was elected to the U.S. Senate six years ago, you`ve seen a lot less of
Franken in the media. As the National Journal reported this year, the
junior senator for Minnesota made himself a stranger to the national press,
rarely granting interviews to national media outfits in an effort to prove
he is a serious policymaker. That was their view.

Well, Franken is back on TV tonight. He just sat down with me for an
interview in his Senate office fresh off his reelection. We discussed
politics and policy. He made some major news on the 2016 front.

And we began with one Franken`s legislative priorities right now: digital
privacy and what that means in the age of Uber, the ride-sharing app.


MELBER: You`re sponsoring location privacy protection act. When people
walk around in public, they can be seen, it`s not that private. Why do you
think it`s so important that data about where you go is private and

SEN. AL FRANKEN, (D) MINNESOTA: Your geo location data is what we`re
talking about. That information is very private: where you are, where you
go to the doctor, where you take your child to school if where you`re --
what you`re doing on the weekend.

One of the problems we`ve seen in this, is their own employees and
executives have been misusing this.

MELBER: Uber, a popular ride-sharing app, recently drew heat for reports
that its employees misused company data on where customers travel. One
executive reportedly threatened to use that information against a reporter
who had criticized the company.

As chair of a Senate subcommittee on technology and privacy, Franken has
legislation ready to go to enhance consumer protection.

And he gave Uber a Monday deadline to address new questions about how they
use sensitive geo location data.

FRANKEN: Part of what my work has been doing is letting consumers
understand what`s out there and so you know what you`re signing up for when
you do something like this and, also, letting the companies understand that
they have some obligation to have a privacy policy and to follow it.

MELBER: Then there are apps people never signed up for at all. Franken`s
bill would ban stalker apps, which can be secretly installed to track your

FRANKEN; To protect sensitive location information.

MELBER: A problem Franken has heard about from his constituents firsthand.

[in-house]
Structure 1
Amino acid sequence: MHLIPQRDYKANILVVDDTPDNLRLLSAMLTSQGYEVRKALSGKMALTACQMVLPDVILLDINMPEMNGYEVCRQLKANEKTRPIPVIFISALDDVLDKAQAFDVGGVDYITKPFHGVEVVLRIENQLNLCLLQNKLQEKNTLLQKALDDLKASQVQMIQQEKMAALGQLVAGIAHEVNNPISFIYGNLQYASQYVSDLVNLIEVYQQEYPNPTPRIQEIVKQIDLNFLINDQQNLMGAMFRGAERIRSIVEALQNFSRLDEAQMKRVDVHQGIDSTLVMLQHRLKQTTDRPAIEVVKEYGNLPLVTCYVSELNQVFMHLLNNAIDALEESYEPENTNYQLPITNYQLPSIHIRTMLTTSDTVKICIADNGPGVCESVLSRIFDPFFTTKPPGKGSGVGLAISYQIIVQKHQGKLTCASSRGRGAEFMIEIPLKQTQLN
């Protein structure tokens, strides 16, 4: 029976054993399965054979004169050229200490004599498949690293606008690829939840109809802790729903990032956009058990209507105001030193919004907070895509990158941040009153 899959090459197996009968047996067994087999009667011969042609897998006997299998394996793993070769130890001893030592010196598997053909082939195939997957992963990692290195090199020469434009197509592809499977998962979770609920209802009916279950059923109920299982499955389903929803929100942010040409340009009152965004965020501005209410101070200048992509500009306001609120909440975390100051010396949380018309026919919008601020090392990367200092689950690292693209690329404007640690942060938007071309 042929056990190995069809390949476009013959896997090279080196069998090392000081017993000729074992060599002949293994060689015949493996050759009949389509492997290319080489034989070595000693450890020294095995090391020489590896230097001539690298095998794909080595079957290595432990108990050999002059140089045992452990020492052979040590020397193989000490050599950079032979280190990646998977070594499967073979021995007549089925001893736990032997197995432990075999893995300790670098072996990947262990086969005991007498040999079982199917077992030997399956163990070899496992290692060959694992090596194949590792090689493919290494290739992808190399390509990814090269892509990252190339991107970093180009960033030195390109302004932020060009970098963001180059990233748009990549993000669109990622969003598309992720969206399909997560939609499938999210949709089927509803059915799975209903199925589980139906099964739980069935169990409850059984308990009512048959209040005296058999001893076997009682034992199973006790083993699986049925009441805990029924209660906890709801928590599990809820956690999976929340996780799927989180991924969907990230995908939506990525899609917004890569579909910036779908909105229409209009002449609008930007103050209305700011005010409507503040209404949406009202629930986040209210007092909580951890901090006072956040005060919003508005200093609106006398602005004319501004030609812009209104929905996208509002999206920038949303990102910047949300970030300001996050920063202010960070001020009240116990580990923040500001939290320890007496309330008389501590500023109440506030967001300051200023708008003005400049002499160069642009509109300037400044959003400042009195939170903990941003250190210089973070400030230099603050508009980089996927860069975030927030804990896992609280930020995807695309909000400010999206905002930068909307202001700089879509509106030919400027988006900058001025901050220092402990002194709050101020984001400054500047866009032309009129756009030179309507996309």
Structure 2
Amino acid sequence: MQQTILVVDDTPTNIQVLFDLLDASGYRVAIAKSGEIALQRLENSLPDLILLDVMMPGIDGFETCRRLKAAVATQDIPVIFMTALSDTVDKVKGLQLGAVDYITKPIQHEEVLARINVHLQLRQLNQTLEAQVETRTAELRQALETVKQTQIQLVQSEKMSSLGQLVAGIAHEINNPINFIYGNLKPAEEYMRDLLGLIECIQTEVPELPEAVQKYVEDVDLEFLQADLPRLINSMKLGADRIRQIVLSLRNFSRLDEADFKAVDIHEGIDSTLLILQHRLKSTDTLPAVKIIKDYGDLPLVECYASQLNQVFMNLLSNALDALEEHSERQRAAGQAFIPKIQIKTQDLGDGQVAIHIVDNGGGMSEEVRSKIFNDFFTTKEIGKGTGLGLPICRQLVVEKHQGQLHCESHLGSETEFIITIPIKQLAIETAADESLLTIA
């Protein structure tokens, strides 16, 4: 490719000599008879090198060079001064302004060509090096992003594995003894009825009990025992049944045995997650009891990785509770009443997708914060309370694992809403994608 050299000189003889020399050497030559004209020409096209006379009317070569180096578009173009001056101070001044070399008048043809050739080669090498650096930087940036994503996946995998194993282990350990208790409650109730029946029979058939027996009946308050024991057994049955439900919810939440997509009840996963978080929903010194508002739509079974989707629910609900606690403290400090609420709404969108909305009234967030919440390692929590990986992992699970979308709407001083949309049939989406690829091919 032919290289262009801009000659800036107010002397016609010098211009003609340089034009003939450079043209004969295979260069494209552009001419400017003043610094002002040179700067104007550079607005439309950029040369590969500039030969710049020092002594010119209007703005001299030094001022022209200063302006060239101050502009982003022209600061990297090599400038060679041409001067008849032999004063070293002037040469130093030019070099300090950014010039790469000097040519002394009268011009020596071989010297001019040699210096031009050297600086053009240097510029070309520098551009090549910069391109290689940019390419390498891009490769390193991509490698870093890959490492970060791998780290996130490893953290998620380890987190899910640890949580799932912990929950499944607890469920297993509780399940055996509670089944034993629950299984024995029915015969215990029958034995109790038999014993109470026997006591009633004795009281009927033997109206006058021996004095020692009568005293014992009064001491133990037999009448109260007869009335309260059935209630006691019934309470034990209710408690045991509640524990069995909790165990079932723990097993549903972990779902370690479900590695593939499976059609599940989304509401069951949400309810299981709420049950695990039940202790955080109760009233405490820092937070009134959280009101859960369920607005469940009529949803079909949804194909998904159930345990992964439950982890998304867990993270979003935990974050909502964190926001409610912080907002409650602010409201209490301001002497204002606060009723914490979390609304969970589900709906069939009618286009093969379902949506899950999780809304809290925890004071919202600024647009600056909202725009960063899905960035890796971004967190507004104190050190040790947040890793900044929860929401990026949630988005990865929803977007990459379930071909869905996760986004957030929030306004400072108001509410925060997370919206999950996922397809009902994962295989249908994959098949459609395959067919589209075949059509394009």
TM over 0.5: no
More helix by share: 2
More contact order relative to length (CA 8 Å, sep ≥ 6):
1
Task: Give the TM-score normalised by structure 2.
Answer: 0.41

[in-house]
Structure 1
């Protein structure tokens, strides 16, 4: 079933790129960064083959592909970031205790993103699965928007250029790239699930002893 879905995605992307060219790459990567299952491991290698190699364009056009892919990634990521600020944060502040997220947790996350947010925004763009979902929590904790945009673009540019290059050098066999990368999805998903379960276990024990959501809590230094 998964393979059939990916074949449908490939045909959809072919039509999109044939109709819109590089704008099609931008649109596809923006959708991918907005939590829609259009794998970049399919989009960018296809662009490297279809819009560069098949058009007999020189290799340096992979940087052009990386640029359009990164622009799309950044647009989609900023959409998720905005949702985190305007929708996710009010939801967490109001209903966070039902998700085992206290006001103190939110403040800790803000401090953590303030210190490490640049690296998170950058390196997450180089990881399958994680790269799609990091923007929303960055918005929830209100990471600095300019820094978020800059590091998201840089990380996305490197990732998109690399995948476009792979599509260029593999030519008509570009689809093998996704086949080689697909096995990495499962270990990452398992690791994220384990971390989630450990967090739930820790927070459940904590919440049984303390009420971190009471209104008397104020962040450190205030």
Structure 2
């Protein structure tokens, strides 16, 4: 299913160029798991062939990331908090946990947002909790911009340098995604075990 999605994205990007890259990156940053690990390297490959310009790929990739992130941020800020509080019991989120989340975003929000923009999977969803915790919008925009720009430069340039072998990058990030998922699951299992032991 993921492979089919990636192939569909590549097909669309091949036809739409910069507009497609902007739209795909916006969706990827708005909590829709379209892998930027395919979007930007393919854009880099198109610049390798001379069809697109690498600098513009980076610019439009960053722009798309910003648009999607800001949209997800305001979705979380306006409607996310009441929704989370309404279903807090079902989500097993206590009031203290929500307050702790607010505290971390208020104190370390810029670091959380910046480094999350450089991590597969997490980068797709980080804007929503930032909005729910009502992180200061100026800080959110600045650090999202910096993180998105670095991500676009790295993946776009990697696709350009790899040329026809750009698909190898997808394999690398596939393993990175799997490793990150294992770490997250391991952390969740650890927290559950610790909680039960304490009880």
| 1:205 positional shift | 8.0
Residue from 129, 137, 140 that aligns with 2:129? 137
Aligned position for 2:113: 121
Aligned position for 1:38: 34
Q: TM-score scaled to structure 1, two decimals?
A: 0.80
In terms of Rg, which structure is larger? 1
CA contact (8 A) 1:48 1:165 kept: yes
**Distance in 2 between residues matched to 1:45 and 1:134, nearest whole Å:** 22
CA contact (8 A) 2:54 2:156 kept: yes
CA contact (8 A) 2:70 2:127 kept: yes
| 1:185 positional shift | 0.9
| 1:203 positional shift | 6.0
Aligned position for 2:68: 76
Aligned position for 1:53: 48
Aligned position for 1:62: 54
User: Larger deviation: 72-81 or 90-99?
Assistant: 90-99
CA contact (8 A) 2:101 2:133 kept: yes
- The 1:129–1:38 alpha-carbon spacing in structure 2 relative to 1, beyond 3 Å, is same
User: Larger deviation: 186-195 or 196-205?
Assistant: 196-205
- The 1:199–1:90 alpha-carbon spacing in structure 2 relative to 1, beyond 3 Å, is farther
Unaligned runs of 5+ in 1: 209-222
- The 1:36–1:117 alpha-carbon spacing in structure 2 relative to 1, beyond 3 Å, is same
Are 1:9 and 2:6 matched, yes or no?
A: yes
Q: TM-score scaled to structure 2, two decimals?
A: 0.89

He shared one woman`s exchange with an abusive partner.

FRANKEN: She went to a domestic violence center in a county building, in
St. Louis county northern Minnesota. And she was there five minutes and
she got a text on her phone saying why are you at the county building? Are
you at the domestic violence center?

And that scared her. So they took her to the courthouse to get her a
restraining order against this guy. And after she was there he said why
did you go to the courthouse, did you get a restraining order against me?

And she did -- it was a tracking app, a stalking app.

MELBER: How is that even legal right now?

FRANKEN: It is legal. Believe it or not -- stalking is not legal.

MELBER: Right.

FRANKEN: But those -- I`m trying to make those illegal as part of this

MELBER: The Location Privacy Protection Act previously passed the
judiciary committee and Franken plans to introduce it again in the new

UNIDENTIFIED MALE: On the morning of September 11.

MELBER: As we were speaking in Franken`s Senate office, a few miles away,
CIA director John Brennan was criticizing the torture report.

You said it shows the CIA lied to the public, lied to the president for
some time. Should there be...

FRANKEN: And to the Senate...

MELBER: And to the Senate. Should there be consequences for that lying?

FRANKEN: I`m thinking about that. You`re talking about whether people
should be prosecuted?

MELBER: Should people who are currently working at the CIA be fired?
Should anyone be brought before a court to have a trial? And then,
depending on the outcome of the trial, should anyone go to jail?

FRANKEN; You know, I haven`t thought that through. We tended to not look
back at this in a way that is about holding people responsible, and maybe
that`s wrong. We are a country that acknowledges its failures and that`s a
good thing about us.

On the prosecution of people, I`d like to hear more about.

MELBER: In the new congress, Franken will lose his chairman`s gavel as
Republicans take over. And he talked about the challenge of working with
GOP leader Mitch McConnell.

FRANKEN: And what`s interesting is he has promised a more open process, he
says, on votes on amendments and et cetera. So we`ll see.

MELBER: Would you call him a good friend? Or a best friend?

FRANKEN: More -- it`s kind of a thing where we will argue on the floor but
then go out to dinner and just laugh.


FRANKEN: No. That doesn`t happen.

MALBER; Have you ever seen him laugh?

FRANKEN: I have. And, in fact, I`ve seen -- he has laughed in response to
something I have said and I`ve laughed in response to something he has
said. How is that?

MELBER: Laughter comes easy for the veteran member of Saturday Night Live,
though as a Senator he doesn`t always believe in satire. He add some fun
in his farewell speech last week for Mark Begich who lost his seat in the
midterm election.

FRANKEN: We need more mayors here. You know, sometimes we say we need